Localization Algorithms and Strategies for Wireless Sensor Networks: Monitoring and Surveillance Techniques for Target Tracking

Localization Algorithms and Strategies for Wireless Sensor Networks: Monitoring and Surveillance Techniques for Target Tracking

Ferit Ozan Akgul (Worcester Polytechnic Institute, USA), Mohammad Heidari (Worcester Polytechnic Institute, USA), Nayef Alsindi (Worcester Polytechnic Institute, USA) and Kaveh Pahlavan (Worcester Polytechnic Institute, USA)
DOI: 10.4018/978-1-60566-396-8.ch003
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This chapter discusses localization in WSNs specifically focusing on the physical limitations imposed by the wireless channel. Location awareness and different methods for localization are discussed. Particular attention is given to indoor TOA based ranging and positioning systems. Various aspects of WSN localization are addressed and performance results for cooperative schemes are presented.
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Wireless sensor networks are ideal candidates for data gathering and remote sensing purposes in various environments, where the communications between the sensors mostly take place in a distributed manner (Akyildiz et al., 2002). Data obtained by individual sensors are relayed to a central station for further processing and logging. Usually, information obtained through a sensor needs to be associated with the location of each sensor which necessitates the localization of sensors within certain accuracy (Patwari et al., 2005). Since primary purpose of sensor networks is to gather information on environmental changes such as temperature, pressure or humidity, it is almost always required to determine the coordinates of a specific sensor so that the appropriate steps can be taken in a more effective way in the case of emergencies. As a matter of fact, about 13.3% of the recent scientific WSN publications focus on target tracking and localization aspects as mentioned by Sohraby et al. (2007).

Owing to their small form factor and low-power consumption, WSNs have found numerous applications in both civil and military use. In the civil domain, applications can be further divided into various categories like environmental, health related, commercial and public safety applications. Environmental applications may include fire/flood detection/prevention (Pathan et al., 2006), crop quality detection, field surveying; health related applications may be listed as patient/doctor/instrument tracking inside hospitals, elderly care and remote monitoring of biological data (Cypher et al., 2006); commercial applications might be inventory control, product tracking in warehouses (Rohrig & Spieker, 2008) and remote product quality assessment. For military applications, the use of WSNs is also important in rough terrain conditions where a centralized communication system may be too costly to build (Merrill et al., 2003). Soldier and mine tracking, as well as intelligence gathering can be some applications in this domain.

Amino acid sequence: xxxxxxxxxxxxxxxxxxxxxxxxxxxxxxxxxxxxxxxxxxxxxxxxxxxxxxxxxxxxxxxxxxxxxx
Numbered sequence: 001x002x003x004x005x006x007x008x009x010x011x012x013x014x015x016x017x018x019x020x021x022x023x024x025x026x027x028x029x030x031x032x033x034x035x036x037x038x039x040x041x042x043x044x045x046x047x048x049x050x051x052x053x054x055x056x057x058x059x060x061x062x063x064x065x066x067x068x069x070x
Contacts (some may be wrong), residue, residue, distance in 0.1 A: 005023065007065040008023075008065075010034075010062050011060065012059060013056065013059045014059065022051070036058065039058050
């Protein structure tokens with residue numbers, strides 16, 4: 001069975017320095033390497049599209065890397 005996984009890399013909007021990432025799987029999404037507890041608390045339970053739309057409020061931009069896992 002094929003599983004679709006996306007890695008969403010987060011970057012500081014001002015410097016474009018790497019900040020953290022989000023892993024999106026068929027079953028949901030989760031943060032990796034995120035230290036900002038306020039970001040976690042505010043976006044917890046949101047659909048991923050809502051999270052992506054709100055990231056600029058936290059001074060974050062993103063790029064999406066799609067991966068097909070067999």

As it can be seen from a sample of applications in each field, location and tracking capability is an important aspect of WSNs that need to be considered and developed further. A number of researchers studied positioning using sensor nodes and investigated the performance of algorithms and presented theoretical bounds in WSNs (Bulusu et al., 2000; Niculescu et al., 2001; Savarese et al., 2001; Savvides et al., 2001; Doherty et al., 2001; Chang & Sahai, 2004; Kanaan et al., (2006a, 2006c)). The positioning capability can be implemented using different sensing technologies like ultrasonic waves as in the Active Bat system proposed by Ward et al. (1997) or using RF or both as in the Cricket system (Priyantha et al., 2000). By using sound waves, researchers have been able to obtain cm. accuracy; however, these systems are only suitable for very small areas like a single office environment and are not intended for outdoor or indoor/outdoor hybrid node localization. In the latter case, RF solutions are generally preferred since quick deployment is possible and hardware and various ranging/localization algorithms that can be directly applied are widely available. Nevertheless, due to the nature of RF propagation, ranging/localization accuracy is not on par with solutions using sound waves. Later in this chapter we will cover the basics of RF channel and how it affects the performance of localization in various environments.

Figure 1, shows a typical setup for a WSN with location capability. Here, the sensor nodes are able to communicate with each other as well as pre-deployed anchor nodes whose coordinates are known in advance. At this point, it might be appropriate to present the two methods of WSN localization. Sensor node localization can take place in a centralized or a distributed manner.

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List of Reviewers
Table of Contents
Guoqiang Mao, Baris Fidan
Guoqiang Mao, Baris Fidan
Chapter 1
Guoqiang Mao, Baris Fidan